relevant to the IndieWeb wiki

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Anything directly related to people with their own websites, such as technologies and services used, design and UX, formats and protocols, as well as events or podcasts with IndieWeb talks or content are relevant to the IndieWeb wiki.

Should this be on the wiki? is an FAQ for wikifying.

Want to start a page a new topic?


Here are some good examples of stuff to put on the wiki:

  • Directly IndieWeb related, especially directly to people in the community with their own sites:
    • IndieWeb supporting services — e.g. or any content hosting service that allows you to bring your own domain, or web hosting services people are using or can use for their personal site
    • IndieWeb supporting software — people are using to setup/build/run/maintain/monitor their indieweb site, e.g. both installable software like Apache, or libraries to help build software
    • Events or podcasts that discuss the independent web or IndieWeb in particular, including events with only a single related talk; be sure to list the specific talk(s) on the page for the event
    • IndieWeb technologies — e.g. standards, formats, protocols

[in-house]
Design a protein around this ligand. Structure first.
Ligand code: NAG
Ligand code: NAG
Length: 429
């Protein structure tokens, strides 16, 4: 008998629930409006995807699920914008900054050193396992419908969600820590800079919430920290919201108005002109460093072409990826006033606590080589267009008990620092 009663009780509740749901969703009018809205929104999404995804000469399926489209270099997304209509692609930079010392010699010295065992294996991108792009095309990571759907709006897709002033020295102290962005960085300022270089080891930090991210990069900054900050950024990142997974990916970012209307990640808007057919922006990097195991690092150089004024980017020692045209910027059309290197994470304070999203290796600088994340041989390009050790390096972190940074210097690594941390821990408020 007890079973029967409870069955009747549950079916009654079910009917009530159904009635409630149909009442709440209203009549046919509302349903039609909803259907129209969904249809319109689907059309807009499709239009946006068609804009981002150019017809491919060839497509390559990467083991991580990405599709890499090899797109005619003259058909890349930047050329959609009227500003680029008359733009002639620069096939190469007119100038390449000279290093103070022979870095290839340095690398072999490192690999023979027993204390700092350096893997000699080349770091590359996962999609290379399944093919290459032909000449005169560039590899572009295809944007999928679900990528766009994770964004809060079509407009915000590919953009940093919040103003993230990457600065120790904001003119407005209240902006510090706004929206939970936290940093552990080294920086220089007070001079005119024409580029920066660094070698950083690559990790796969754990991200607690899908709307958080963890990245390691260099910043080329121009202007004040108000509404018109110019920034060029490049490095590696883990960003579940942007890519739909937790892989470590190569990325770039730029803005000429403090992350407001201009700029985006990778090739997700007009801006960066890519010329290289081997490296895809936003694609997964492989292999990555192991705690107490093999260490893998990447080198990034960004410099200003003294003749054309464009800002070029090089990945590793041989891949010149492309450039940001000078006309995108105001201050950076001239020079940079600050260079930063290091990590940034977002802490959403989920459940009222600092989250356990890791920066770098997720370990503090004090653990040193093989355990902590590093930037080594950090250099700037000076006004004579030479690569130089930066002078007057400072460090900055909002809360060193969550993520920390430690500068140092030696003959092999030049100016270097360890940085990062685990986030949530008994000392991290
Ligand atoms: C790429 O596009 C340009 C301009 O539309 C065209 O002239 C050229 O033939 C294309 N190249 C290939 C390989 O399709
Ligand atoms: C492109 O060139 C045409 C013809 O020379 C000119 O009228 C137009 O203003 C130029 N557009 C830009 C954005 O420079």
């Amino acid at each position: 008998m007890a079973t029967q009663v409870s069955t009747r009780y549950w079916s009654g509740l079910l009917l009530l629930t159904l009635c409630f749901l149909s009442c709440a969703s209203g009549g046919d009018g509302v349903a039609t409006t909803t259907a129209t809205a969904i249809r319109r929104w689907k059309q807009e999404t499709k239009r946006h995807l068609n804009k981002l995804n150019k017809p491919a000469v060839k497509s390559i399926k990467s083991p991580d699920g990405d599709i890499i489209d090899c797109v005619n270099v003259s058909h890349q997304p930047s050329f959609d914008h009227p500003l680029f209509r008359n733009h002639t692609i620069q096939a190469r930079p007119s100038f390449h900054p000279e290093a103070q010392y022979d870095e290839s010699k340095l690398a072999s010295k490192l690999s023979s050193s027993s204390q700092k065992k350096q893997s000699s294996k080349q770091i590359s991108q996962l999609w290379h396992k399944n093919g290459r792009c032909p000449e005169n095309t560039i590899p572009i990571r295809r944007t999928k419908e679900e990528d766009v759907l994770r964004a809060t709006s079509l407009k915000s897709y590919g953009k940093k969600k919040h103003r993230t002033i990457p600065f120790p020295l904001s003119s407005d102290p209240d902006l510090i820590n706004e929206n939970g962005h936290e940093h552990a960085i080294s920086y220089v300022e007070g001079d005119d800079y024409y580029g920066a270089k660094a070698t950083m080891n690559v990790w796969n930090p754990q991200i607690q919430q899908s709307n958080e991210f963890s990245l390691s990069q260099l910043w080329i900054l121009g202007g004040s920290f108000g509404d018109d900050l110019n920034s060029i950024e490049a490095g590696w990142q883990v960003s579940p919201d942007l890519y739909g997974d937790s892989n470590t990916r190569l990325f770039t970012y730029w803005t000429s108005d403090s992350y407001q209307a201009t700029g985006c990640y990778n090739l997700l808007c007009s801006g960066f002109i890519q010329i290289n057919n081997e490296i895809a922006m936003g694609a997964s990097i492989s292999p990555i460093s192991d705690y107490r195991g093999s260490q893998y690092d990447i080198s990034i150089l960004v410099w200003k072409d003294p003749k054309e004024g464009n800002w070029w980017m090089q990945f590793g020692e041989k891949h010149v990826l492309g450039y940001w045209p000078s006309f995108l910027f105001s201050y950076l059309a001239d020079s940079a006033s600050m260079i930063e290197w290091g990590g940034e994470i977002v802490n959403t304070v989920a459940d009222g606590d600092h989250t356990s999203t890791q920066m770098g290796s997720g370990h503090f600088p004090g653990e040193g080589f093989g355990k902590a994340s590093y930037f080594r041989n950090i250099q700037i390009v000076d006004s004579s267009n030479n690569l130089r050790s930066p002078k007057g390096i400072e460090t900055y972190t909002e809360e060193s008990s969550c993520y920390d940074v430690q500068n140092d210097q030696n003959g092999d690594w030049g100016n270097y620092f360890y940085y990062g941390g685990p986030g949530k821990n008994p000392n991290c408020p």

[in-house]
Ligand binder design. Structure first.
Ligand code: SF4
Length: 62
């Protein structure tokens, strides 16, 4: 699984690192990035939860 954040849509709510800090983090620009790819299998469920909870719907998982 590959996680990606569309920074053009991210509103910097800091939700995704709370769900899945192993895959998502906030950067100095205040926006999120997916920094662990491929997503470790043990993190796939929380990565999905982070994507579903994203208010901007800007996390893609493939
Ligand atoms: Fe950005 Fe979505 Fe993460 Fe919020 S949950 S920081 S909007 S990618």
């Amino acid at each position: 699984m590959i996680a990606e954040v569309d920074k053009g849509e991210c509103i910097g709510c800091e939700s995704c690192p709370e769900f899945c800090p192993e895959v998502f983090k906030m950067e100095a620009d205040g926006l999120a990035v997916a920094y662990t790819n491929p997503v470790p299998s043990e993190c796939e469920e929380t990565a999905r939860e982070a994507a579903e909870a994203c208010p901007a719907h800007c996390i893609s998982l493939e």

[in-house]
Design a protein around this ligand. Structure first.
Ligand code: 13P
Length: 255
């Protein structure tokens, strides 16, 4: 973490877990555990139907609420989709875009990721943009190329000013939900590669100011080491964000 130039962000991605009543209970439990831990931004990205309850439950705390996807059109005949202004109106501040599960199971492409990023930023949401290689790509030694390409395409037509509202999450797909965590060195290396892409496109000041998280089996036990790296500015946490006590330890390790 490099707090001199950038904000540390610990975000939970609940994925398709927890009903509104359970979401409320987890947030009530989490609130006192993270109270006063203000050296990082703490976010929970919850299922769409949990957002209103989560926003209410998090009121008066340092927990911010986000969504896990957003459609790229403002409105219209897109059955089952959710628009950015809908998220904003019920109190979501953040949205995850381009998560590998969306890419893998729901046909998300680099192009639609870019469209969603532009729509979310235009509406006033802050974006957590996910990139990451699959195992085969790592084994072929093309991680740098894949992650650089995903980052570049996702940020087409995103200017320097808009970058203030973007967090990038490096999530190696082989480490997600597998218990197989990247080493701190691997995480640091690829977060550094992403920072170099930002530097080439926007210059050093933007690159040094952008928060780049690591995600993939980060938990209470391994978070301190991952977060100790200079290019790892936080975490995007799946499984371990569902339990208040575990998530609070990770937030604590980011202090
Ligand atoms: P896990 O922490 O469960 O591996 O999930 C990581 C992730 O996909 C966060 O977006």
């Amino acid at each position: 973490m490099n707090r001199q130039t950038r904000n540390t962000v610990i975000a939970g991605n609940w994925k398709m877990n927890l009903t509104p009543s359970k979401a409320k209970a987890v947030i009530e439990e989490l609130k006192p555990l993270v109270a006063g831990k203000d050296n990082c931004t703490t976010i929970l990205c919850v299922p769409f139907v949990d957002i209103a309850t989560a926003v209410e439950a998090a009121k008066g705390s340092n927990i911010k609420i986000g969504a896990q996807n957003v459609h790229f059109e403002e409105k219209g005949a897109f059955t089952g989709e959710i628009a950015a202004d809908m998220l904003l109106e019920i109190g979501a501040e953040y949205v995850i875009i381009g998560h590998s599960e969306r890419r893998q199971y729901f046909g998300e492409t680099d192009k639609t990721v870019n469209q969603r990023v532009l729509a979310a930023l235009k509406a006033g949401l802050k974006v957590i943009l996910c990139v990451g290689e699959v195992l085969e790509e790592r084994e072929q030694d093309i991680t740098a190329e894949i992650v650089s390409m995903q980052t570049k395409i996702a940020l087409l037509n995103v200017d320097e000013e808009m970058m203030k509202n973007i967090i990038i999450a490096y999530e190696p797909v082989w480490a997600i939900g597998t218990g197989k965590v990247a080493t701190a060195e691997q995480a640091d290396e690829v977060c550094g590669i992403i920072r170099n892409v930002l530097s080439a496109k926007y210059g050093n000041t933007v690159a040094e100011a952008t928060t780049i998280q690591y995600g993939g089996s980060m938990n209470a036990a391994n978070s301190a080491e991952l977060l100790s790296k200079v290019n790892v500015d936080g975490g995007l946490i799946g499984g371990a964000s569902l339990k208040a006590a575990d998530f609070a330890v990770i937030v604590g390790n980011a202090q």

• Other jargon representing technology used as part of an IndieWeb site
    • silos that have prior art (UX, design, formats, protocols) for things we want to rebuild independently, or for instructions for how to export your data, how to delete your account.
  • Indirectly IndieWeb related things, e.g. posts, projects, podcasts that seem IndieWeb-aligned but don't actually mention IndieWeb or personal websites explicitly are better discussed on a case-by-case basis, before creating a page.

If you are unsure, please join and ask in our #meta channel. If you prefer to ask the question off the record where it is not logged you can try the #chat channel (See discuss).


There are more challenging subjects that require a more nuanced judgment call as to whether they should be included on the IndieWeb wiki or not.

Warnings, anti-patterns, and guardrails

Sometimes the IndieWeb community learns by experience that certain topics are unproductive, time-wasting, or outright harmful to pursue, and thus we may document warnings about such subjects to help alert newcomers to the IndieWeb of areas to beware of. E.g.

There are a number of UX and sometimes web development approaches that may be common in other fields or communities that have been found to be unproductive, have a high admintax, or otherwise unsuitable to IndieWeb folks pursuing practical goals. These are explicitly documented as:

Lastly there are whole social-web related areas and sites which either allow or encourage harmful behaviors that violate the IndieWeb code-of-conduct or otherwise objectively harmful to people, the open web, or society & humanity in general. These sites are not given their own pages (to avoid showing up in web search results) but rather documented by listing them and linking to Wikipedia:

If you are relatively new to the IndieWeb community or if you have any doubt about whether such a negative topic should be documented on the IndieWeb wiki, please join and ask in our #meta channel before creating a page.

What should not go on the wiki

Q: If all that makes sense on the wiki, what does not make sense on the wiki?